All About The Zombies
There are three types of Zombies, all named after Zombi, the voodoo snake god, or possibly the West African word zumbi meaning “fetish”. All three enjoy what is commonly called cannibalism, although that would be technically incorrect since they are no longer human. They do, according to legend, like to eat brains, which is based on the earliest stories of losing free will.
The earliest English use of the word zombie was around 1810 when historian Robert Southey mentioned it in his book History of Brazil, but that was in reference to a West African deity. African words like nzambi and ndzumbi have similar meanings in tradition. The modern term “zombie” only came into general first world use in 1929, with the publication of William B. Seabrook’s book, The Magic Island.
The first two types of zombies usually come from black magic practiced in the Caribbean, typically in Haiti. Zombies created by magic (voodoo bokor and black magic) are often controlled by the bokor or voodoo sorcerers who call the bodies forth from graves. They seem to have no sense of self-awareness. We’d like to point out that it has been illegal to make zombies in Haiti since 1835. The earliest references to being an undead zombie are actually based on stories from the horrible treatment of slaves beginning in the 1600s and the loss of free will.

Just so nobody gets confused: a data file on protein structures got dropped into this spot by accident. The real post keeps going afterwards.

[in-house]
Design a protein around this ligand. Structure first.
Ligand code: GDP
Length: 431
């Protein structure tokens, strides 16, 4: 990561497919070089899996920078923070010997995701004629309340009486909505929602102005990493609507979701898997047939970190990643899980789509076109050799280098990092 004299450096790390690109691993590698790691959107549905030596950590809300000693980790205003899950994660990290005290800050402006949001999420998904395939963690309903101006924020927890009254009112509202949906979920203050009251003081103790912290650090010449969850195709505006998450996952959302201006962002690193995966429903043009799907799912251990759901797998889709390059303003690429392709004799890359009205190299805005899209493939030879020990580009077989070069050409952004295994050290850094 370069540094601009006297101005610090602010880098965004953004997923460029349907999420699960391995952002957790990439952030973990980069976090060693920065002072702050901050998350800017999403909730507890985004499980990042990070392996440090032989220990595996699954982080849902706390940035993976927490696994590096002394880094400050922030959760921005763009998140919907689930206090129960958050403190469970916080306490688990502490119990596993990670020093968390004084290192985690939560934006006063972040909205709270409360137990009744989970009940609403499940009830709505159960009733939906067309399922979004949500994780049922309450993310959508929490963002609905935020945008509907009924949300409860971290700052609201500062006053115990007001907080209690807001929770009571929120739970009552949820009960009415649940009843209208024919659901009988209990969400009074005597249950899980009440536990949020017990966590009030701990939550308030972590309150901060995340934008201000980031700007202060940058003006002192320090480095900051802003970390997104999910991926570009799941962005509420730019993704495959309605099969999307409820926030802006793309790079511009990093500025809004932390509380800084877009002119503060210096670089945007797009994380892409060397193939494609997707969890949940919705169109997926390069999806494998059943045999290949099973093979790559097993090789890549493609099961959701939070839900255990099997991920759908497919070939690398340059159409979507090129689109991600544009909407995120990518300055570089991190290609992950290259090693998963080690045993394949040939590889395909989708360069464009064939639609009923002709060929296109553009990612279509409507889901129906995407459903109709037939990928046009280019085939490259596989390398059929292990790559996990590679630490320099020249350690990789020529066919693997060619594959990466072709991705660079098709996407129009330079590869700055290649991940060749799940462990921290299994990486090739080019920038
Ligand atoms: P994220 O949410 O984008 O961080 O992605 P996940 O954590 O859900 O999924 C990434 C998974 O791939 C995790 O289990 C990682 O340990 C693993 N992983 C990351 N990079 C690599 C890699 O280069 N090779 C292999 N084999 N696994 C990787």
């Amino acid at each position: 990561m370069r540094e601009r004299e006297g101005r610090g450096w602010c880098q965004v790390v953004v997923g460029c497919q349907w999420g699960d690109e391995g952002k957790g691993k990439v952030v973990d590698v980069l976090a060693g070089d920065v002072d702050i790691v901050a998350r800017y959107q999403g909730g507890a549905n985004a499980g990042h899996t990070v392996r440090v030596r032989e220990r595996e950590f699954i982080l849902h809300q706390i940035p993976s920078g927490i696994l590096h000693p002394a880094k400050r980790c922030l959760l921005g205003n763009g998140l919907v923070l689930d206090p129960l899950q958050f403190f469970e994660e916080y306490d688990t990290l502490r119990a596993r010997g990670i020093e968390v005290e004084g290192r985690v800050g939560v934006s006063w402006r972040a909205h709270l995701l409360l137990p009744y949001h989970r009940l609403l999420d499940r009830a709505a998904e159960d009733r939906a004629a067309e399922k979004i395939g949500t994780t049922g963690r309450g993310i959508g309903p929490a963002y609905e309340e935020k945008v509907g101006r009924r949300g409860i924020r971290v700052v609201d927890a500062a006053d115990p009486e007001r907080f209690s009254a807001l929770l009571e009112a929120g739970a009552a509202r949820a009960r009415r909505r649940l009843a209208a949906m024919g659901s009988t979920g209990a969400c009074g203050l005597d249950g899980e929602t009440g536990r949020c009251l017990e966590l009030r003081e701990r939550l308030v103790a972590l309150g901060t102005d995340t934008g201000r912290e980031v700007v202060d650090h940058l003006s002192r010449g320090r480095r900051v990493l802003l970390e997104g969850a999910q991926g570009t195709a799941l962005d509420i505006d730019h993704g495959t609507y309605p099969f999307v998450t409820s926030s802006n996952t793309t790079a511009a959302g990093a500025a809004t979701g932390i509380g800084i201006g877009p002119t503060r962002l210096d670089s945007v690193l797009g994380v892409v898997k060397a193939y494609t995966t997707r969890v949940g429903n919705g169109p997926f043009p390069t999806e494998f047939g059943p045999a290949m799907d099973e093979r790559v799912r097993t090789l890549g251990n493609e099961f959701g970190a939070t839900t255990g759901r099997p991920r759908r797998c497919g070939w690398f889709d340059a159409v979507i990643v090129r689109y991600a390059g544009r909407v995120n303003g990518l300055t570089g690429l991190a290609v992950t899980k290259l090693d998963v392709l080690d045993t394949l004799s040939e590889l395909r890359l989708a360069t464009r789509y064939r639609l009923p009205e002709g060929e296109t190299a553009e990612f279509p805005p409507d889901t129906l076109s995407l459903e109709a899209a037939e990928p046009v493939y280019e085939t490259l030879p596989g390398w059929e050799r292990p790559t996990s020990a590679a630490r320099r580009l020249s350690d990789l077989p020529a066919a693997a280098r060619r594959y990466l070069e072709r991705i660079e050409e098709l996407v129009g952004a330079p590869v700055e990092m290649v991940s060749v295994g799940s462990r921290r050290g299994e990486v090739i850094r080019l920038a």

Zombies are also rumored to be created from living people by using a combination of tetrodotoxin, found in Japanese pufferfish, and an unknown hallucinogen. Each is powdered and put into the living person’s bloodstream. We’re not sure how Haitians get their hands on the Japanese pufferfish.
It is worth pointing out that zombies produced through magical or simple chemical means are slow-moving, and often smell from decay. Although it should be noted that the apparent slow movement is sufficient speed to keep the zombie no more than a few yards away from even a running Olympic caliber athlete.
It is also important to note that zombies are universally fearful of bright lights and fire, are unusually strong (even the slow ones), and can only be killed by a severe head/brain injury or decapitation.
Are mummies zombies?
On film, primarily conceived in George Romero’s 1968 classic, Night of the Living Dead, zombies came forth because “the was no more room in hell”. Other films, including Night of the Comet, The Last Man on Earth, and The Omega Man indicate that through comet droppings, scientific means, or even a type of vampire. Plan 9 From Outer Space indicated a possible UFO or Alien connection. Most would agree that the second ‘zombie’ on film, The Mummy (1932, featuring Boris Karloff), was a creature brought back for simple revenge. To save on answering 500 zombie trivia e-mails, the first zombies on film were feared in 1932’s White Zombie, starring Bela Lugosi.
Much more dangerous is the scientifically developed zombie. These creatures seem to have boundless energy, superhuman strength, enhanced speed, and sometimes moderate intelligence. These first appeared once CGI (computer graphic imaging) made a super-fast zombie movement visually possible. Films like the Resident Evil series, 28 Days Later and the Dawn of the Dead remake showcased this new enhanced zombie behavior. 2004’s Shaun of the Dead went with the classic slow-moving zombies.
Trapped in a world of Zombies?
Here is a Zombie Primer: